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Particle formation above natural and simulated salt lakes

Katharina A. Kamilli1, Johannes Ofner2, Torsten Krause3, Tobias Sattler3, Heinfried Schöler3, Bernhard Lendl2, Andreas Held1
1 Atmospheric Chemistry, University of Bayreuth, Bayreuth, Germany
2 Vienna University of Technology, Austria
3 Institute of Earth Science, University of Heidelberg, Germany

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02.10.2014, 11:30-11:45, H36, NW III

Between 2006 and 2013 several field campaigns have been conducted in Western Australia (WA) in the framework of the research project HaloProc. In WA, a great variety of salt lakes with pH values ranging from acidic to neutral are present. As high salinity and low pH (Fickert et al., 1999) favor halogen release, salt lakes were identified as a source for halogens (Buxmann et al., 2012). Previously, measurements performed by car and airplane related new particle formation to the WA salt lakes (Junkermann et al., 2009). In this study, the possible role of halogens in particle formation was investigated in detail.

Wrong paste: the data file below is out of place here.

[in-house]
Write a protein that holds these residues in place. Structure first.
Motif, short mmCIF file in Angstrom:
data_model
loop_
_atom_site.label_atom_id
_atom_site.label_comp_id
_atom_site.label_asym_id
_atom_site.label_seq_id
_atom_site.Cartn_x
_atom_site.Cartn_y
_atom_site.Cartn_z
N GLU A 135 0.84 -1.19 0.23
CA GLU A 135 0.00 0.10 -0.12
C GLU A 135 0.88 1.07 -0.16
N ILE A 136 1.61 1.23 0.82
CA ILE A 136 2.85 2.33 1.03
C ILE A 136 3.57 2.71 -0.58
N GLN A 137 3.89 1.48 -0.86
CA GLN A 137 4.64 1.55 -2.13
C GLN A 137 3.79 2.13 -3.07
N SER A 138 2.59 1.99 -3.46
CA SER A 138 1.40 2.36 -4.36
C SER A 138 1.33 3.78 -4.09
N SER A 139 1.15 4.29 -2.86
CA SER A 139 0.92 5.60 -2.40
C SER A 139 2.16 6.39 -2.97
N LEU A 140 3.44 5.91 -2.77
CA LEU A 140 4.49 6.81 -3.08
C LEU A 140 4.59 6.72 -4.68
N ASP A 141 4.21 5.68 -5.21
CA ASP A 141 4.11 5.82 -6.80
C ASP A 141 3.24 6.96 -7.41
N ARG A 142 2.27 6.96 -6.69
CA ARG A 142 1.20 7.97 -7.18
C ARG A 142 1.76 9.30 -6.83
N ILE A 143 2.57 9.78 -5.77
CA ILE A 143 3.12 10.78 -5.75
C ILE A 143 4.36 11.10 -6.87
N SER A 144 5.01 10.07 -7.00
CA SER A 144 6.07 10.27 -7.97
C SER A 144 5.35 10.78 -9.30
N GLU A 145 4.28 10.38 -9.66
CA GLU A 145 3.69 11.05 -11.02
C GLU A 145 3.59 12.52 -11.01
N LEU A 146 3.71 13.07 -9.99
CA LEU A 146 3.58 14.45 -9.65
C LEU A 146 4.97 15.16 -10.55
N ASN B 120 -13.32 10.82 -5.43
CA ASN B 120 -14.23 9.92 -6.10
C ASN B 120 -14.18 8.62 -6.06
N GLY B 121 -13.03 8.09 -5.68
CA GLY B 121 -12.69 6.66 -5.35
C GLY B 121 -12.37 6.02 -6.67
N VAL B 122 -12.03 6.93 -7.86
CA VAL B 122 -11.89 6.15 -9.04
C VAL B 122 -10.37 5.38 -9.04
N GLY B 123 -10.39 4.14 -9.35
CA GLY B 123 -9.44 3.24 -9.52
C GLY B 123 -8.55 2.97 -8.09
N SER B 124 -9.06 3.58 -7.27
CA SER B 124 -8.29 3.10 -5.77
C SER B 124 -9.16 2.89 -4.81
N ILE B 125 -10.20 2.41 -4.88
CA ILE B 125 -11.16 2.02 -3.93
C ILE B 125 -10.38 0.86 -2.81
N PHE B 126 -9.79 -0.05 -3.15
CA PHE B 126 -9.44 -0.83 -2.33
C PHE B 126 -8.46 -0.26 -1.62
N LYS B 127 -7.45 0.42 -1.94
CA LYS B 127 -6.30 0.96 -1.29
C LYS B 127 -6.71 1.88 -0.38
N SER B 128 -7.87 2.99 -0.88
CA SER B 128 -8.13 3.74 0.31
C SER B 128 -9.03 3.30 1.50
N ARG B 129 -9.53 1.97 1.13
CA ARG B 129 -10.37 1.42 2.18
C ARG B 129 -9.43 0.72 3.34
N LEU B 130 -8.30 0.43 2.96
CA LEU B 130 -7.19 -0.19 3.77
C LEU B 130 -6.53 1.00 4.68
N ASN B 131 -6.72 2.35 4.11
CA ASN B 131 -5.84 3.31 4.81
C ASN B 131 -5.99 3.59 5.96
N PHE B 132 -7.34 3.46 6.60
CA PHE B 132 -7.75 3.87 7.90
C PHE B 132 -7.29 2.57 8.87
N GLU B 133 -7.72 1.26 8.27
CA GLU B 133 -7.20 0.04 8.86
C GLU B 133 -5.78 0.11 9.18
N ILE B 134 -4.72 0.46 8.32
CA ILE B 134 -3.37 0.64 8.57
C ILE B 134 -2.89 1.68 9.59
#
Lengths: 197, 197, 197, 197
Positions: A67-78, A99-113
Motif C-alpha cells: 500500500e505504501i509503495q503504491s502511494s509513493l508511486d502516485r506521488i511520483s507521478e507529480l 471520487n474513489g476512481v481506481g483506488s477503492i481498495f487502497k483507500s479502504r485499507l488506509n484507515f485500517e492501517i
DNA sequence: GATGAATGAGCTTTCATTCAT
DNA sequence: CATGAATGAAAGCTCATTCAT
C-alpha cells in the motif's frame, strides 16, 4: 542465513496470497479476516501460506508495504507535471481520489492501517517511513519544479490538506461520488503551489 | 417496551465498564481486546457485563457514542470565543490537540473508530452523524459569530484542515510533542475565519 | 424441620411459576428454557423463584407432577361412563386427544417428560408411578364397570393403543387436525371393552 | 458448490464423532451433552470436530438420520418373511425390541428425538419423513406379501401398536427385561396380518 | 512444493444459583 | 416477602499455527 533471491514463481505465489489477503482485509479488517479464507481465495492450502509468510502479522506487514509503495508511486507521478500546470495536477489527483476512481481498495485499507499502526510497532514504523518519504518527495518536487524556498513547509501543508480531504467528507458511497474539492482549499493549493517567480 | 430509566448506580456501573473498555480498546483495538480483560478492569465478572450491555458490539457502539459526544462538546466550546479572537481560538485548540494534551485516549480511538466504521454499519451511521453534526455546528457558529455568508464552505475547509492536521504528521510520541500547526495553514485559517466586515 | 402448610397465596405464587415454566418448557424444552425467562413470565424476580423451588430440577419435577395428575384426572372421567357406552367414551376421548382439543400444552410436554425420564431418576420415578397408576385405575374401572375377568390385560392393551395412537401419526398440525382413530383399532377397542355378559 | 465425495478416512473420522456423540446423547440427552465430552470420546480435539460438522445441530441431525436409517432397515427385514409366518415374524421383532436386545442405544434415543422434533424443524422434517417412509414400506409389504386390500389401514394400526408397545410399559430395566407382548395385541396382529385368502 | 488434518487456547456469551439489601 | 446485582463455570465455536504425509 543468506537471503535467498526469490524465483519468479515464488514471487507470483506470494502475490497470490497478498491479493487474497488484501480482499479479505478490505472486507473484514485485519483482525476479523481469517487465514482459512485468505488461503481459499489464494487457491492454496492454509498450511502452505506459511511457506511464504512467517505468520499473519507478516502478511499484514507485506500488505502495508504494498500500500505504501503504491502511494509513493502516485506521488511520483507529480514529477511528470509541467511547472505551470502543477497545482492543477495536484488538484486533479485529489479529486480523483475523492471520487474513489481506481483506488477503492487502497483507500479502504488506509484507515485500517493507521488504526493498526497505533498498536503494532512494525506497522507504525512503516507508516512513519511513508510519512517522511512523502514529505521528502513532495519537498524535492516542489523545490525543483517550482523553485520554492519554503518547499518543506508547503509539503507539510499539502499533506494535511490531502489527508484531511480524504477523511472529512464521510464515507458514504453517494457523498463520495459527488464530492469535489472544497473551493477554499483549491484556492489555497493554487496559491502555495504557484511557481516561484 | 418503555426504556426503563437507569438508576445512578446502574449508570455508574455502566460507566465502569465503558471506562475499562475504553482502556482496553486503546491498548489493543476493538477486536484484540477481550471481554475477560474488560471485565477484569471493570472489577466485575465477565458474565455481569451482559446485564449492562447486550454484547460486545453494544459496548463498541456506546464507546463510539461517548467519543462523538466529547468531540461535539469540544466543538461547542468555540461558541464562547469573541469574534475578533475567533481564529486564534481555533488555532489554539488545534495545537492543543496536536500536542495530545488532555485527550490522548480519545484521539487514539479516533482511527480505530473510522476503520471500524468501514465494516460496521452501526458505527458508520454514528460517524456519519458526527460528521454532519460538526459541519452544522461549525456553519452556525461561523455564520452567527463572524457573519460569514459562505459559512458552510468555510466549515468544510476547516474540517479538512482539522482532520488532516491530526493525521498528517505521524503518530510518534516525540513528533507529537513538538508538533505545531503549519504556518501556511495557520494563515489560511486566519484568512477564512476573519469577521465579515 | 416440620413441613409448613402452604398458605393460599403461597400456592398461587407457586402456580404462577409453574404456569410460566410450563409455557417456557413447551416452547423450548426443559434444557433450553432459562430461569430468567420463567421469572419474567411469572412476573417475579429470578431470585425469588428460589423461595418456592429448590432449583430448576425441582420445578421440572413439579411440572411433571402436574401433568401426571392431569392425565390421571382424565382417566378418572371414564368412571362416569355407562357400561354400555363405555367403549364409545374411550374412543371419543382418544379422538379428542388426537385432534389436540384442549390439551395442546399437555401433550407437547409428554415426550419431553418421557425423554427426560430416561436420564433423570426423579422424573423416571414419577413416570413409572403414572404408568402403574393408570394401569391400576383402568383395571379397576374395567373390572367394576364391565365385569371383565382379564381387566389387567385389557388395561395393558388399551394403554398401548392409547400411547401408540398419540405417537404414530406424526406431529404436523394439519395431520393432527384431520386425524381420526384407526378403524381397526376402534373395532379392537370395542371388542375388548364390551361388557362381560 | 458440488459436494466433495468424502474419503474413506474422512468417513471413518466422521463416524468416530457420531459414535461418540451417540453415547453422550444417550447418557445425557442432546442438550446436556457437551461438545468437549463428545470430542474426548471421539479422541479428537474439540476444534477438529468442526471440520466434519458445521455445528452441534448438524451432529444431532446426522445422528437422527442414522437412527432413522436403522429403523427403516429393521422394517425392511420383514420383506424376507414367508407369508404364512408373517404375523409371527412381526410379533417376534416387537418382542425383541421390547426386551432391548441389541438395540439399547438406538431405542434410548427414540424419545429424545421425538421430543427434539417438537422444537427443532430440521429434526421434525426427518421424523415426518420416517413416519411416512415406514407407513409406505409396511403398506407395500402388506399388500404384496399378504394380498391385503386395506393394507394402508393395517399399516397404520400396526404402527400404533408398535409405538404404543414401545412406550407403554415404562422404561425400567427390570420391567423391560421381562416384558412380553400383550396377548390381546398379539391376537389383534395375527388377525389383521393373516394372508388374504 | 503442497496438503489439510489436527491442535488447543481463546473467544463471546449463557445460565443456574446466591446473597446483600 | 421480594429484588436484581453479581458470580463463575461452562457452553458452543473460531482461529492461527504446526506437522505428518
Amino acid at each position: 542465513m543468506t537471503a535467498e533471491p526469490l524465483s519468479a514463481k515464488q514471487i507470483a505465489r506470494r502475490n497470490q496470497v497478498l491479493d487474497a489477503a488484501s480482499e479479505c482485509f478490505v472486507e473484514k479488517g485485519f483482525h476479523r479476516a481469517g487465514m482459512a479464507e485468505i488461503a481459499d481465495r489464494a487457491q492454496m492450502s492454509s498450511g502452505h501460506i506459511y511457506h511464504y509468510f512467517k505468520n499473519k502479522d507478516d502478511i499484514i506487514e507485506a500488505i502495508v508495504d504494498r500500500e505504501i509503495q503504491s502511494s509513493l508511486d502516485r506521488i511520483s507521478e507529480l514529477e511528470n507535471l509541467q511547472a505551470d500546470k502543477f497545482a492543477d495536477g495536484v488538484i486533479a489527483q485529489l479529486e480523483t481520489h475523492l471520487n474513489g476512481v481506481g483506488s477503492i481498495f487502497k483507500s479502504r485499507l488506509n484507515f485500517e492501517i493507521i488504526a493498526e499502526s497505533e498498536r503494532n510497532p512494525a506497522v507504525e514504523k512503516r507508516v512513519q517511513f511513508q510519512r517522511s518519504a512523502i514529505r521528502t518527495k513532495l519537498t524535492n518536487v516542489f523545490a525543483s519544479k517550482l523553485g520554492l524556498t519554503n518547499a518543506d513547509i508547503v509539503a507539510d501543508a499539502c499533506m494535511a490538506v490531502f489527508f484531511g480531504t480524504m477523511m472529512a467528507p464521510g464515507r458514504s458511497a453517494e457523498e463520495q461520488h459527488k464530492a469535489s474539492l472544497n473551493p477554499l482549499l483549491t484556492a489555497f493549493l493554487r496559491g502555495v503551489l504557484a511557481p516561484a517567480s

To identify particle formation directly above the salt lakes, a 2.35 m³ Teflon chamber was set up above several lakes in 2012 and 2013. Inside the chamber, photochemistry may take place whereas advection of already existing particles is prevented. The number size distribution was measured by a field portable differential mobility particle sizer. The dependence on meteorological conditions has been examined. To obtain chemical information of the newly formed particles, aerosol filter samples were taken.


Moreover, reference experiments were performed in the laboratory to examine aerosol formation under atmospheric conditions using simulated sunlight and the simplified chemical composition of a salt lake. As organic precursors, a mixture of 80 % 1,8-cineole and 20 % limonene, which is typical for the emission of Eucalyptus globulus, was used.

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last modified 2014-09-09